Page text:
Extend Cash Runway
One of the most widely used cases for venture debt is topping up an equity round to extend cash runway. To begin, a bit of background information on how companies get funded through venture capital. Suppose a new MarTech SaaS company needs $20 million in funding to get from idea to a profitable, self-sustaining company. That $20 million won’t come all at once and won’t come from one VC. Instead, the company will receive funding in stages (Seed, Series A, Series B, Series C). Funding rounds benefit both the VCs and the entrepreneurs. VCs reduce their risk by introducing multiple yes/no and valuation checkpoints, while the entrepreneur reduces dilution by raising successive rounds at higher valuations.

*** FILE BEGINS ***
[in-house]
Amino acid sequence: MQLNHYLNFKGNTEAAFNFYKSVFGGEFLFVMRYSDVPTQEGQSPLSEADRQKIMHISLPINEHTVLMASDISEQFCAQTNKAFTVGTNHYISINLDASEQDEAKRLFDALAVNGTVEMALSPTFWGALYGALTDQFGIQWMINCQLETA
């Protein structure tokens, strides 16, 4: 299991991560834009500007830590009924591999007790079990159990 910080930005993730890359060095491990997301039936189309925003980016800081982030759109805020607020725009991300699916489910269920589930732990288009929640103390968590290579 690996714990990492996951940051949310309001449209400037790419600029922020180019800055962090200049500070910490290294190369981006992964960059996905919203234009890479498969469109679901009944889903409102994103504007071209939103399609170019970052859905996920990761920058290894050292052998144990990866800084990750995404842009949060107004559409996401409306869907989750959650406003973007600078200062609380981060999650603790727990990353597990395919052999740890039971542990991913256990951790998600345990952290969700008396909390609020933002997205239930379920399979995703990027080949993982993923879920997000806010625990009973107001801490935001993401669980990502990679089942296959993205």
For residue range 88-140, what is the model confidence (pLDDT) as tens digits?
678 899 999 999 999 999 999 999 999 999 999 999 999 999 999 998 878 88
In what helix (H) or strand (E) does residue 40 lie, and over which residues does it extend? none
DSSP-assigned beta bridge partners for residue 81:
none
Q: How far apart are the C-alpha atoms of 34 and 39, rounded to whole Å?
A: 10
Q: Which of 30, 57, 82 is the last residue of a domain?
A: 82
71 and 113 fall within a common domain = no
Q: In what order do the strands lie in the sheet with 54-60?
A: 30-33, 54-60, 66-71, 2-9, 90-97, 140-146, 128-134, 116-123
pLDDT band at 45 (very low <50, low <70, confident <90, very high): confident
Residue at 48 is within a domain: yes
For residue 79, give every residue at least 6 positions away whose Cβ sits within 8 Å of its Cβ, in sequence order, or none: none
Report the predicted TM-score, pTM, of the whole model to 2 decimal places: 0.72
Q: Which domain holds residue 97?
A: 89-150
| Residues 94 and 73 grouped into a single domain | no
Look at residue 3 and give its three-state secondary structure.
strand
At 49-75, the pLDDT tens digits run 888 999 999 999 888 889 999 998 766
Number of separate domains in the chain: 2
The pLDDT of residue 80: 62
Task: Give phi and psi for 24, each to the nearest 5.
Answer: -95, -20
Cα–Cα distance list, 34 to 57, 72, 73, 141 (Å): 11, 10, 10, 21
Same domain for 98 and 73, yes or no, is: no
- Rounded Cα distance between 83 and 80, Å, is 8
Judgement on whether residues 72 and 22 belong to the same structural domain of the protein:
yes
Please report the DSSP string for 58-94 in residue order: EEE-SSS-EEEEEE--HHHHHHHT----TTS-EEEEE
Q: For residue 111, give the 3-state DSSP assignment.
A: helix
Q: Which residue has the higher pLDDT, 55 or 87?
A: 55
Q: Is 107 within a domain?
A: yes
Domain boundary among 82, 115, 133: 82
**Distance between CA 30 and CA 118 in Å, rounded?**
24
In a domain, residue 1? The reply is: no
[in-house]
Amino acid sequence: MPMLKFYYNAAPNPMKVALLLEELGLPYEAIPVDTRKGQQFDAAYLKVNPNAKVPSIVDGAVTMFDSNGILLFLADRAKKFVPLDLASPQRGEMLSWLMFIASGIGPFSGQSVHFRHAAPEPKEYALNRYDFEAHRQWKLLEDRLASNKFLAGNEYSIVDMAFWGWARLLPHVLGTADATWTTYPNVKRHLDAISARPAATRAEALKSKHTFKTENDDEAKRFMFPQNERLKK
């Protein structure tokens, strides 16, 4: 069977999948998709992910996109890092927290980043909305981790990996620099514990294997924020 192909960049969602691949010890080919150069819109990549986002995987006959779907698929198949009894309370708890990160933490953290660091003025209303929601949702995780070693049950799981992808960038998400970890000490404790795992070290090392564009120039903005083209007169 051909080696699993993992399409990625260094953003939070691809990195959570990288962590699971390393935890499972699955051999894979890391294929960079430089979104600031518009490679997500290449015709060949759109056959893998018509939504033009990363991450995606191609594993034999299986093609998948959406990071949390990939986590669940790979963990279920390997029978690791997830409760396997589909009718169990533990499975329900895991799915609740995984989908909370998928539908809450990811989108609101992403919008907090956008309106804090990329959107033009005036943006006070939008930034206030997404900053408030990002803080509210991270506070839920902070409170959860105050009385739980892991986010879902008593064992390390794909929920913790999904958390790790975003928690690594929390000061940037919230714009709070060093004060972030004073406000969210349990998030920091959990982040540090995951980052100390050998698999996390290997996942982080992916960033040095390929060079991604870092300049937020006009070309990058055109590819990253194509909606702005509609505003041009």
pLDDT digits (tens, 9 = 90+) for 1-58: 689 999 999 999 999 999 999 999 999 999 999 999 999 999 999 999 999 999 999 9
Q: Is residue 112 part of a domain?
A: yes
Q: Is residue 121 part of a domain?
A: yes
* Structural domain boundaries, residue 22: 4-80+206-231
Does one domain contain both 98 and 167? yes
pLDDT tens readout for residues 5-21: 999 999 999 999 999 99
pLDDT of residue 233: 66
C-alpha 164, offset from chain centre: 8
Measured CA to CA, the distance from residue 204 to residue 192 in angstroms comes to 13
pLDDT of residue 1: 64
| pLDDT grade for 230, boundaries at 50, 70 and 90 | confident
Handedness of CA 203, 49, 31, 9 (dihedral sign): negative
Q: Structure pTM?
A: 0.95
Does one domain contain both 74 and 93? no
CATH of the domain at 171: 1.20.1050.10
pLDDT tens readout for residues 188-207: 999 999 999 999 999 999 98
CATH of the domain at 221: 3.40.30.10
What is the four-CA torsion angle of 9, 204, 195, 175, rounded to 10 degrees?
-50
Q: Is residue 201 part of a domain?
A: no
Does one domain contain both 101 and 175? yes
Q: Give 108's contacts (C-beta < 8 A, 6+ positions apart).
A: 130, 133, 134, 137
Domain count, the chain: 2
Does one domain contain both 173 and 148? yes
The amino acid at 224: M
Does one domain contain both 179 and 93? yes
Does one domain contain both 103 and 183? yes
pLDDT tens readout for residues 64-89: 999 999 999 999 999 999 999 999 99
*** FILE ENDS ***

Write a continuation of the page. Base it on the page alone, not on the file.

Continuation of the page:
Each funding round is designed to get the business to its next funding round, allowing the company to achieve tangible milestones of development. These milestones are critical because it provides current and new investors with evidence that the company has progressed, is on track, and is less risky than it was at prior rounds of funding.
Funding rounds are typically designed to fund 12 to 24 months of operations based on how much cash the company is forecasted to burn to reach its next milestone. For example, a company burning $250K per month, expected to reach its next milestone in 12 months, will typically be set at $3 million.
What if the company takes 15 or 18 months to get to its milestone?
This is where venture debt comes in. To help extend the cash runway of a business, venture debt can provide companies an extra 3 to 6 months of cushion in case of delays without increasing dilution. The cost of the venture loan would be much lower than adding an extra 6 months of equity to the round.